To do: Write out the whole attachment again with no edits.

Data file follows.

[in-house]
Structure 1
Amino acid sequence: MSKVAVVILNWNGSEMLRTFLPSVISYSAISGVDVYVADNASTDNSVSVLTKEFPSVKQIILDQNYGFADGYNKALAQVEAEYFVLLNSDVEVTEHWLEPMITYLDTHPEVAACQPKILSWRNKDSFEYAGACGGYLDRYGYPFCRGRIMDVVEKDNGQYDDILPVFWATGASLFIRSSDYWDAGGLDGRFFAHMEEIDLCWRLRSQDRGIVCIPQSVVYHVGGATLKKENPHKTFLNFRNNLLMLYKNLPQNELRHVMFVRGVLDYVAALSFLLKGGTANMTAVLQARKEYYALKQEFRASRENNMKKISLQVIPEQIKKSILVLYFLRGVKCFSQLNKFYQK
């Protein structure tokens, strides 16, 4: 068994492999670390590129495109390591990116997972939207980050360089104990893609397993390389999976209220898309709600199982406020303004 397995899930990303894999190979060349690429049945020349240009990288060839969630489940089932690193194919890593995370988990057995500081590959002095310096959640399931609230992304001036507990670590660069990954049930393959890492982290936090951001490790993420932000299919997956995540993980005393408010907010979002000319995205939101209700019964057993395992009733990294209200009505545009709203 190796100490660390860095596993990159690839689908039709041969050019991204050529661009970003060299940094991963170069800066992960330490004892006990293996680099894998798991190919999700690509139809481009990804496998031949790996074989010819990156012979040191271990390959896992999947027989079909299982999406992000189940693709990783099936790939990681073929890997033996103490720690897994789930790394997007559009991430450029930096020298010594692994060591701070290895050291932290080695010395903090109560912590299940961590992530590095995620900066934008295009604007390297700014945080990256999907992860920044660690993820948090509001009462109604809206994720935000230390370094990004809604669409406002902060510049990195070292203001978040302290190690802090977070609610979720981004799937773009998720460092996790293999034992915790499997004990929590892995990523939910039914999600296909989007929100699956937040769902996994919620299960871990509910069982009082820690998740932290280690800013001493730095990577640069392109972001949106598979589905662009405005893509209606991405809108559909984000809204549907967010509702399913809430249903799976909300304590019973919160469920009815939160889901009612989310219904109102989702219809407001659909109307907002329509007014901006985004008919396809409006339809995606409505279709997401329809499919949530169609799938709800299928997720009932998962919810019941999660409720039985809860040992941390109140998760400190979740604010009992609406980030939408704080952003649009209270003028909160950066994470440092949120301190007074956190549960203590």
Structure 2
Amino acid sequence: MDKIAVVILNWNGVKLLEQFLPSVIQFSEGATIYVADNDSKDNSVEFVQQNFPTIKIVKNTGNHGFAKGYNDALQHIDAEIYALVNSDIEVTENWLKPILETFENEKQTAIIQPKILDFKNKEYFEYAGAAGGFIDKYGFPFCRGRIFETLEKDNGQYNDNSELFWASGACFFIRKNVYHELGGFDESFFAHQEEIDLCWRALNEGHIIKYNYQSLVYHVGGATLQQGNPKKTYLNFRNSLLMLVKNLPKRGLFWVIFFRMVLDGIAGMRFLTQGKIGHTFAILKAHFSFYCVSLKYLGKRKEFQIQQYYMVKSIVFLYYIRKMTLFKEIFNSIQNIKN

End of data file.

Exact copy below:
[in-house]
Structure 1
Amino acid sequence: MSKVAVVILNWNGSEMLRTFLPSVISYSAISGVDVYVADNASTDNSVSVLTKEFPSVKQIILDQNYGFADGYNKALAQVEAEYFVLLNSDVEVTEHWLEPMITYLDTHPEVAACQPKILSWRNKDSFEYAGACGGYLDRYGYPFCRGRIMDVVEKDNGQYDDILPVFWATGASLFIRSSDYWDAGGLDGRFFAHMEEIDLCWRLRSQDRGIVCIPQSVVYHVGGATLKKENPHKTFLNFRNNLLMLYKNLPQNELRHVMFVRGVLDYVAALSFLLKGGTANMTAVLQARKEYYALKQEFRASRENNMKKISLQVIPEQIKKSILVLYFLRGVKCFSQLNKFYQK
């Protein structure tokens, strides 16, 4: 068994492999670390590129495109390591990116997972939207980050360089104990893609397993390389999976209220898309709600199982406020303004 397995899930990303894999190979060349690429049945020349240009990288060839969630489940089932690193194919890593995370988990057995500081590959002095310096959640399931609230992304001036507990670590660069990954049930393959890492982290936090951001490790993420932000299919997956995540993980005393408010907010979002000319995205939101209700019964057993395992009733990294209200009505545009709203 190796100490660390860095596993990159690839689908039709041969050019991204050529661009970003060299940094991963170069800066992960330490004892006990293996680099894998798991190919999700690509139809481009990804496998031949790996074989010819990156012979040191271990390959896992999947027989079909299982999406992000189940693709990783099936790939990681073929890997033996103490720690897994789930790394997007559009991430450029930096020298010594692994060591701070290895050291932290080695010395903090109560912590299940961590992530590095995620900066934008295009604007390297700014945080990256999907992860920044660690993820948090509001009462109604809206994720935000230390370094990004809604669409406002902060510049990195070292203001978040302290190690802090977070609610979720981004799937773009998720460092996790293999034992915790499997004990929590892995990523939910039914999600296909989007929100699956937040769902996994919620299960871990509910069982009082820690998740932290280690800013001493730095990577640069392109972001949106598979589905662009405005893509209606991405809108559909984000809204549907967010509702399913809430249903799976909300304590019973919160469920009815939160889901009612989310219904109102989702219809407001659909109307907002329509007014901006985004008919396809409006339809995606409505279709997401329809499919949530169609799938709800299928997720009932998962919810019941999660409720039985809860040992941390109140998760400190979740604010009992609406980030939408704080952003649009209270003028909160950066994470440092949120301190007074956190549960203590």
Structure 2
Amino acid sequence: MDKIAVVILNWNGVKLLEQFLPSVIQFSEGATIYVADNDSKDNSVEFVQQNFPTIKIVKNTGNHGFAKGYNDALQHIDAEIYALVNSDIEVTENWLKPILETFENEKQTAIIQPKILDFKNKEYFEYAGAAGGFIDKYGFPFCRGRIFETLEKDNGQYNDNSELFWASGACFFIRKNVYHELGGFDESFFAHQEEIDLCWRALNEGHIIKYNYQSLVYHVGGATLQQGNPKKTYLNFRNSLLMLVKNLPKRGLFWVIFFRMVLDGIAGMRFLTQGKIGHTFAILKAHFSFYCVSLKYLGKRKEFQIQQYYMVKSIVFLYYIRKMTLFKEIFNSIQNIKN